Another Year In The Books – OSHA’s Top Ten Safety Violations for Fiscal Year 2021

Seyfarth Synopsis: The National Safety Council (NSC) released an update to its annual list of OSHA’s top-ten cited standards. The list provides a starting point for employers to review their own safety programs on an annual basis. 

Patrick Kapust, deputy director of OSHA’s Directorate of Enforcement Programs, presented OSHA’s preliminary Top 10 most frequently cited workplace safety standards for fiscal year 2021. The list was presented virtually during the 2021 NSC Safety Congress & Expo, and summarized in NSC’s Safety+Health magazine.

According to OSHA and NSC, Fall Protection in construction (1926.501) remains at the top of the list for the 11th year in a row.  Likely due to COVID-19 concerns, Respiratory Protection (1910.134) moved up several spots to the second most commonly cited standard, followed by Ladders (1926.1053). Hazard Communication, which spent the last several years at No. 2, moved to the fifth spot on this year’s list.

Drumroll please…OSHA’s Top 10 most frequently cited workplace safety standards for FY 2021 are:

  1. Fall Protection in Construction (1926.501): 5,295 violations
  2. Respiratory Protection (1910.134): 2,527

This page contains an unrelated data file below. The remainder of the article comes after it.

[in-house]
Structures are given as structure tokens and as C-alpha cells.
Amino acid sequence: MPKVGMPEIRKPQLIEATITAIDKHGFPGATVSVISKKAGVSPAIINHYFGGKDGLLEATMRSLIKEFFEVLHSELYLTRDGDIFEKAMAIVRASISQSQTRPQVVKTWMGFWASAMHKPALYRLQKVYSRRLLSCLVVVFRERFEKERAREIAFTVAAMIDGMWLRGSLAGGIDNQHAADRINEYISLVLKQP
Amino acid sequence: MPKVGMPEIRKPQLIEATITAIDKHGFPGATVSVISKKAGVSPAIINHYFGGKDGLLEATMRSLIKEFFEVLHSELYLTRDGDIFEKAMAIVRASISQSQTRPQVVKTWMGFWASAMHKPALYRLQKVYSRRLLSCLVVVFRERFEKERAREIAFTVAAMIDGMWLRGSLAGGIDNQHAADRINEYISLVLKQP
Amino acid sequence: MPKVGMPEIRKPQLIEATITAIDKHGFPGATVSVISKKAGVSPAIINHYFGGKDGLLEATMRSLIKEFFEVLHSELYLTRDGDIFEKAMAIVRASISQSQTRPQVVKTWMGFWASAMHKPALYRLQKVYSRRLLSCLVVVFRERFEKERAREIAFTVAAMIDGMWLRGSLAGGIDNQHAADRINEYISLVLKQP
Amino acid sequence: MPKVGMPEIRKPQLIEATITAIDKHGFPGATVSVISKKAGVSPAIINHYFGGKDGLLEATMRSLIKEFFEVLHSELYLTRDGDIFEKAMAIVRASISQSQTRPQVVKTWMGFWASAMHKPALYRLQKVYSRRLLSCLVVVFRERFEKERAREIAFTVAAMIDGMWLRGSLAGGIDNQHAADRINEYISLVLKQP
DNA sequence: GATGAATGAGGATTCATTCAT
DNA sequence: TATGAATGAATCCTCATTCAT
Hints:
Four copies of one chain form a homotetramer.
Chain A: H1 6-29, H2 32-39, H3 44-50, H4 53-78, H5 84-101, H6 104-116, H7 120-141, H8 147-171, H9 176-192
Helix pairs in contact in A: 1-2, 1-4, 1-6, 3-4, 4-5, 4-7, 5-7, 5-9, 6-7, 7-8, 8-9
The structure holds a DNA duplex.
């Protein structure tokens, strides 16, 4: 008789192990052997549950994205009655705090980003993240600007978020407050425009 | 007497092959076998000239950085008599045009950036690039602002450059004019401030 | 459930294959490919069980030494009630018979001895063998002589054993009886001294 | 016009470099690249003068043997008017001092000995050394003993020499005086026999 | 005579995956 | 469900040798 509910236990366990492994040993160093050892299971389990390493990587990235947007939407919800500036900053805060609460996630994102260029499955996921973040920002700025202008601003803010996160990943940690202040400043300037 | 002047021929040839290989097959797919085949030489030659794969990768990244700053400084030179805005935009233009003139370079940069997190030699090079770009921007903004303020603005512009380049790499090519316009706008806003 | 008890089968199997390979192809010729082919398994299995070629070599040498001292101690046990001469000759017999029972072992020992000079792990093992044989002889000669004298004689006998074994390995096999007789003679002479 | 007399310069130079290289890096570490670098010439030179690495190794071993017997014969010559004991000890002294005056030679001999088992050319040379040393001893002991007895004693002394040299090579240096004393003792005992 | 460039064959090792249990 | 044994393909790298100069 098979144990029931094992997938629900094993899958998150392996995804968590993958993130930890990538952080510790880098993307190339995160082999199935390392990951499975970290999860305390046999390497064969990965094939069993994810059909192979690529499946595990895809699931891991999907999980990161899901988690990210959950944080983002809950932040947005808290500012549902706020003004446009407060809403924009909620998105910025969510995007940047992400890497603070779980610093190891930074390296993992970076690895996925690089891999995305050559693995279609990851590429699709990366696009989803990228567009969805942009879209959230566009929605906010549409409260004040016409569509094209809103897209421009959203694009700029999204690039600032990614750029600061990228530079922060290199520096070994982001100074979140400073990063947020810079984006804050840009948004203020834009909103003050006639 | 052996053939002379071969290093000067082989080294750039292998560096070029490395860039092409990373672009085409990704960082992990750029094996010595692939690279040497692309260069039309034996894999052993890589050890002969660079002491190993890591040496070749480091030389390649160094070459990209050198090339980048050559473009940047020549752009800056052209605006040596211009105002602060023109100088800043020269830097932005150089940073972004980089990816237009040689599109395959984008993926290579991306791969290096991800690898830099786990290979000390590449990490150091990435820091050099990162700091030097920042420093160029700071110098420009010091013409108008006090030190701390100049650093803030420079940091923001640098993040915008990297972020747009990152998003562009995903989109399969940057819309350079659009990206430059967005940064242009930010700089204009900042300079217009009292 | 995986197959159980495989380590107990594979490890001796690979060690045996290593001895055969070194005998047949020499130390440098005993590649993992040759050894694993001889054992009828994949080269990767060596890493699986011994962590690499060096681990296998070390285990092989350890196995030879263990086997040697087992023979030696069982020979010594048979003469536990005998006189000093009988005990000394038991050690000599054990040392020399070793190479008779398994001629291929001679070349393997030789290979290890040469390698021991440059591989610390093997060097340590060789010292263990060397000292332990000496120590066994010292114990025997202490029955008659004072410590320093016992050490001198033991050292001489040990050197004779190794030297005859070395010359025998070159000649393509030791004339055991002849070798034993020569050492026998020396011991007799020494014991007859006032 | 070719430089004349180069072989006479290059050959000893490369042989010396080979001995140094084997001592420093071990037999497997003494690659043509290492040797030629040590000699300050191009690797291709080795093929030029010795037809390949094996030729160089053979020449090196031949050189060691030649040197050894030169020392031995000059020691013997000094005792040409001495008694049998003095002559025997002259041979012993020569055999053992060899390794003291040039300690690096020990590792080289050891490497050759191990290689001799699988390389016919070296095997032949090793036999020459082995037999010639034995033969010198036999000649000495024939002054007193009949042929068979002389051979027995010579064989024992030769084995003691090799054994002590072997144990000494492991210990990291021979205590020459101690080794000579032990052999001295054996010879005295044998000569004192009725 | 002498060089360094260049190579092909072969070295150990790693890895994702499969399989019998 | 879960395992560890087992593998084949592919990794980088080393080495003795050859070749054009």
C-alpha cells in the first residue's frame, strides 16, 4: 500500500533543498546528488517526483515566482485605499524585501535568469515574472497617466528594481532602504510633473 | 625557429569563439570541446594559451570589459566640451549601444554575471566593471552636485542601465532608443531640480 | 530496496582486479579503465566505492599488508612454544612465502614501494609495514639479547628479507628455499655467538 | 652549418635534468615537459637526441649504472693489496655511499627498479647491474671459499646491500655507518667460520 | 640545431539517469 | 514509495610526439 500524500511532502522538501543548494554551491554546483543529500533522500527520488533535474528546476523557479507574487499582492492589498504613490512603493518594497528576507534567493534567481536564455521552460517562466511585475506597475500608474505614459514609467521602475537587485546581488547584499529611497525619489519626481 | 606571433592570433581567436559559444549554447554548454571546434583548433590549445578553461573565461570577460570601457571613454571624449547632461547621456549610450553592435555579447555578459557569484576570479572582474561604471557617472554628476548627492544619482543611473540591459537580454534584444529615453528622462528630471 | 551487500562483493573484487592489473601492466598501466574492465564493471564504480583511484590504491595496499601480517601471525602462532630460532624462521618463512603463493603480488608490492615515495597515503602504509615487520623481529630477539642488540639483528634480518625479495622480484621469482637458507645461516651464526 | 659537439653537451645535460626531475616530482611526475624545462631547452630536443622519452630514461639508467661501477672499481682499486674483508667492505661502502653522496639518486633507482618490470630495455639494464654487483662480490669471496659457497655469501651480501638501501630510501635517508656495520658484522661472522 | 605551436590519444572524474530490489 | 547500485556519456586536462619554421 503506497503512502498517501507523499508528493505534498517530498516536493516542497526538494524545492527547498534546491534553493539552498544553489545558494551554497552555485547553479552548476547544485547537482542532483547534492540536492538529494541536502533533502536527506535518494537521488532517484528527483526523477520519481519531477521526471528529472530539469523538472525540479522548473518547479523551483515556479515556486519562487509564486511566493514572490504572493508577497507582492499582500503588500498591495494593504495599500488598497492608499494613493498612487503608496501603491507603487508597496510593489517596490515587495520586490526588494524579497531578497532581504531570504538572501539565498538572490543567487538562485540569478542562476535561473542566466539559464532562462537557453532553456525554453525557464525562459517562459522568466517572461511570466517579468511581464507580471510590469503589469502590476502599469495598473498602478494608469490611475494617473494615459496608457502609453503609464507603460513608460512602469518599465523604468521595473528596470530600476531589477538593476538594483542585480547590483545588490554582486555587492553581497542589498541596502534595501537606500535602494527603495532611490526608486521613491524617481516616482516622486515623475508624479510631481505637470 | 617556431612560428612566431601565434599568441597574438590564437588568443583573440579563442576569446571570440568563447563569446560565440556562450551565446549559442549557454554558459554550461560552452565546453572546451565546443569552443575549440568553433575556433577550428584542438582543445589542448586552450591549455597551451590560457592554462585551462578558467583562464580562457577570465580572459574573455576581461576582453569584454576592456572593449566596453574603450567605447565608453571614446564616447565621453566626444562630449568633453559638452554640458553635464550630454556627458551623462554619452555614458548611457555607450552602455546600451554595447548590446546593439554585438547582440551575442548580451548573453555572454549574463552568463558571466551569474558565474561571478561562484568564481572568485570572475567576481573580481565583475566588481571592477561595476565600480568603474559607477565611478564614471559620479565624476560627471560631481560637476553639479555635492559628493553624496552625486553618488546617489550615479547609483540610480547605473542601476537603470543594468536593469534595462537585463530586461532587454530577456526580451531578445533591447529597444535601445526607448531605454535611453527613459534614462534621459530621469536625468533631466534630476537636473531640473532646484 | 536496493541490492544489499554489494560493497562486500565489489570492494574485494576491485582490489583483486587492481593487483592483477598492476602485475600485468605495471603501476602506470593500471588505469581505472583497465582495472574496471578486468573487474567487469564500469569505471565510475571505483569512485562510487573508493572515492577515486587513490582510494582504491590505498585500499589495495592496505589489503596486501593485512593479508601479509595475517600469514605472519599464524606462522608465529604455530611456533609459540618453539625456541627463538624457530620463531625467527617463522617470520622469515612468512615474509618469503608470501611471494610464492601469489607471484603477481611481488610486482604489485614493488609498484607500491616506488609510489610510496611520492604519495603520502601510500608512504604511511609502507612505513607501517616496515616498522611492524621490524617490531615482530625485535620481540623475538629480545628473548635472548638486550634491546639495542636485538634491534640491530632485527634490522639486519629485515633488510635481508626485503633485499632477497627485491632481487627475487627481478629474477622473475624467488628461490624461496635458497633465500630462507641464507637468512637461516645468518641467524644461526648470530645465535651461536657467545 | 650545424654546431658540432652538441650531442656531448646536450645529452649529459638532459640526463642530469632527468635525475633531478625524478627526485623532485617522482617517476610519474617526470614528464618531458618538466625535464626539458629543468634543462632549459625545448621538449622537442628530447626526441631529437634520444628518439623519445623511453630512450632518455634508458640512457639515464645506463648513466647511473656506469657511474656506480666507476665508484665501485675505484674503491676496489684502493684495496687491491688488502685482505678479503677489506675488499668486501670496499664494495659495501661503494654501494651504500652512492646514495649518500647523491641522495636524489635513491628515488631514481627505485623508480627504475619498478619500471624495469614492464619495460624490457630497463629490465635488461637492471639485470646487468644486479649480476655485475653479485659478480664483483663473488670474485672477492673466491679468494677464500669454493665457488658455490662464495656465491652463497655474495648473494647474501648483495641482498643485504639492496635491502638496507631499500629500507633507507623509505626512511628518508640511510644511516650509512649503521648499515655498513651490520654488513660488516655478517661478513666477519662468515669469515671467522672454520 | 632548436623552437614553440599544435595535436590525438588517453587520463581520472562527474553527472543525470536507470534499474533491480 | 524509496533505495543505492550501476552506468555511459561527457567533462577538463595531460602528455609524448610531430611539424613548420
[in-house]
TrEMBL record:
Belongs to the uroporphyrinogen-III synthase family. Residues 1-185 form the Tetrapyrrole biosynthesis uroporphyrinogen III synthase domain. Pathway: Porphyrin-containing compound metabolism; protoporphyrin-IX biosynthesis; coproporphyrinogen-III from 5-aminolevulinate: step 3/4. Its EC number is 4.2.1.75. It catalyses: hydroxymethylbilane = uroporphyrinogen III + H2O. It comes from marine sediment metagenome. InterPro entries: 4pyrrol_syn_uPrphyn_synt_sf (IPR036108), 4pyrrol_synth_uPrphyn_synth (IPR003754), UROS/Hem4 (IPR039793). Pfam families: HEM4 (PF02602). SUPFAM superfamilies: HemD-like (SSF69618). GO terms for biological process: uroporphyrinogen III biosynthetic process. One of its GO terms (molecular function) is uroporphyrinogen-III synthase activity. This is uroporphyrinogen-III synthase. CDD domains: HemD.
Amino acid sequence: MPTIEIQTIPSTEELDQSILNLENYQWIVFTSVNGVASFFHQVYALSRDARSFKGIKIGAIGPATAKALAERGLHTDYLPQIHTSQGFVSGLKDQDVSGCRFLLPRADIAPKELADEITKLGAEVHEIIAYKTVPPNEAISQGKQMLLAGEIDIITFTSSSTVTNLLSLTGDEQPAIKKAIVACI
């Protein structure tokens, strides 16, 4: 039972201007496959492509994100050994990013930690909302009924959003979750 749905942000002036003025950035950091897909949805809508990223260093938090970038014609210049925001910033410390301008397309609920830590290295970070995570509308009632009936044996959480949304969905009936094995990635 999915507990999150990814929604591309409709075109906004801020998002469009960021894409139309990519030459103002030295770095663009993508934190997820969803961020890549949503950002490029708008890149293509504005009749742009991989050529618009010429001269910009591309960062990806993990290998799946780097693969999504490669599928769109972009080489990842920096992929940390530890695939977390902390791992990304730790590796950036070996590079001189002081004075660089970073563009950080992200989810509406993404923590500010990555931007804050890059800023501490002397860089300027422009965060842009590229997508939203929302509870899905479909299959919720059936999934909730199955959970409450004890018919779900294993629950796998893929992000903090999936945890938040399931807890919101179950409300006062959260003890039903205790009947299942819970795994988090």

3. Ladders (1926.1053): 2,026
  4. Scaffolding (1926.451): 1,948
  5. Hazard Communication (1910.1200): 1,947
  6. Lockout/Tagout (1910.147): 1,698
  7. Fall Protection in General Industry (1926.503): 1,666
  8. Personal Protective Equipment – Eye and Face Protection (1926.102): 1,452
  9. Powered Industrial Trucks (1910.178): 1,420
  10. Machine Guarding (1910.212): 1,113

As 2021 comes to a close, employers should take this opportunity to conduct an annual review of their safety and health programs, with an eye toward addressing OSHA’s top-ten most-cited violations. Though not on the list, OSHA has telegraphed that COVID-19 inspections following the newly-announced National Emphasis Program will be a priority in 2022. OSHA will conduct even more inspections if OSHA’s COVID-19 Vaccination and Testing Emergency Temporary Standard survives its legal challenges.

DISCLAIMER: Because of the generality of this update, the information provided herein may not be applicable in all situations and should not be acted upon without specific legal advice based on particular situations.

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